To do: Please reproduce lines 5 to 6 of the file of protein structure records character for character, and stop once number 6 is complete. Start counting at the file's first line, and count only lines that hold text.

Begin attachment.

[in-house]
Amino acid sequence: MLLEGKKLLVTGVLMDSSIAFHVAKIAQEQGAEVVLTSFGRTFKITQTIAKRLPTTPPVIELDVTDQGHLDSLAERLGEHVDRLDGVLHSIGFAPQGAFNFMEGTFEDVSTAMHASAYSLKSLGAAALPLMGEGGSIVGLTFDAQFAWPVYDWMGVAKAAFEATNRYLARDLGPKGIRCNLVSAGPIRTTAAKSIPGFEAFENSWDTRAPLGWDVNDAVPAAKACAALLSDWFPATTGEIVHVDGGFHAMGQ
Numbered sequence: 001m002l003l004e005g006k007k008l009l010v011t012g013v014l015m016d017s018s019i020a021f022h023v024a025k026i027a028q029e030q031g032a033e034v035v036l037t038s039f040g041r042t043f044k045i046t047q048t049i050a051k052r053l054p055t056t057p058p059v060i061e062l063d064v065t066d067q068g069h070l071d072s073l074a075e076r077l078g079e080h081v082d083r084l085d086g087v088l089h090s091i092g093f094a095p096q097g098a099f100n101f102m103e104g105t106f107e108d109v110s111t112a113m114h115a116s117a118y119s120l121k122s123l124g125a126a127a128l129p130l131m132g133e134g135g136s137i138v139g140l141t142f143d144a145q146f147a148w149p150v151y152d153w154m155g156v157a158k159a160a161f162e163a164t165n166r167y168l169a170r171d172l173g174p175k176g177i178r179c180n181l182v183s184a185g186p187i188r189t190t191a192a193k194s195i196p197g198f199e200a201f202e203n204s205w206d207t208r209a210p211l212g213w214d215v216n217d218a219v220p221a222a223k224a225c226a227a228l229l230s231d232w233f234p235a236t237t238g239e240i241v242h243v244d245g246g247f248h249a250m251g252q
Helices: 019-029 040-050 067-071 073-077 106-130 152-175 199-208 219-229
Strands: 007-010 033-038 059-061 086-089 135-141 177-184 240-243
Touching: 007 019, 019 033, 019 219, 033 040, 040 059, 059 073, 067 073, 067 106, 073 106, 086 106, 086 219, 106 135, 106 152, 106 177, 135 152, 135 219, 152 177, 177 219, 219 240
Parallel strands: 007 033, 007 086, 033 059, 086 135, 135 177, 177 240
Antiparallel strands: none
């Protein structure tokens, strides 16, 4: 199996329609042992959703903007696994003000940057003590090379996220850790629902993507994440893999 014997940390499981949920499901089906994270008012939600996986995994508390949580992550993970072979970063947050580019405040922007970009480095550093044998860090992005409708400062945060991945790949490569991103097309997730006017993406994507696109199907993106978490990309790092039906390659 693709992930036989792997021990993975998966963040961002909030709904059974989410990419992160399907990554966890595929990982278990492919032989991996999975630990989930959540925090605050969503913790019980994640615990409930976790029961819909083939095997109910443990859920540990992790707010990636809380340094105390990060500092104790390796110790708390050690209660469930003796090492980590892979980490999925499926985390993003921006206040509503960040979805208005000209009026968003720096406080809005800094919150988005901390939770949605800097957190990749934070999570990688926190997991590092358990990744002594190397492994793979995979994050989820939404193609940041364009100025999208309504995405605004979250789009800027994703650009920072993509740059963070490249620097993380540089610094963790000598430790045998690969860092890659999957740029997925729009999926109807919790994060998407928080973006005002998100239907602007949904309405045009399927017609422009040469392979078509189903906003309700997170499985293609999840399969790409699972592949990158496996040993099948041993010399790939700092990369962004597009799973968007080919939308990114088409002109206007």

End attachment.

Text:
Strands: 007-010 033-038 059-061 086-089 135-141 177-184 240-243
Touching: 007 019, 019 033, 019 219, 033 040, 040 059, 059 073, 067 073, 067 106, 073 106, 086 106, 086 219, 106 135, 106 152, 106 177, 135 152, 135 219, 152 177, 177 219, 219 240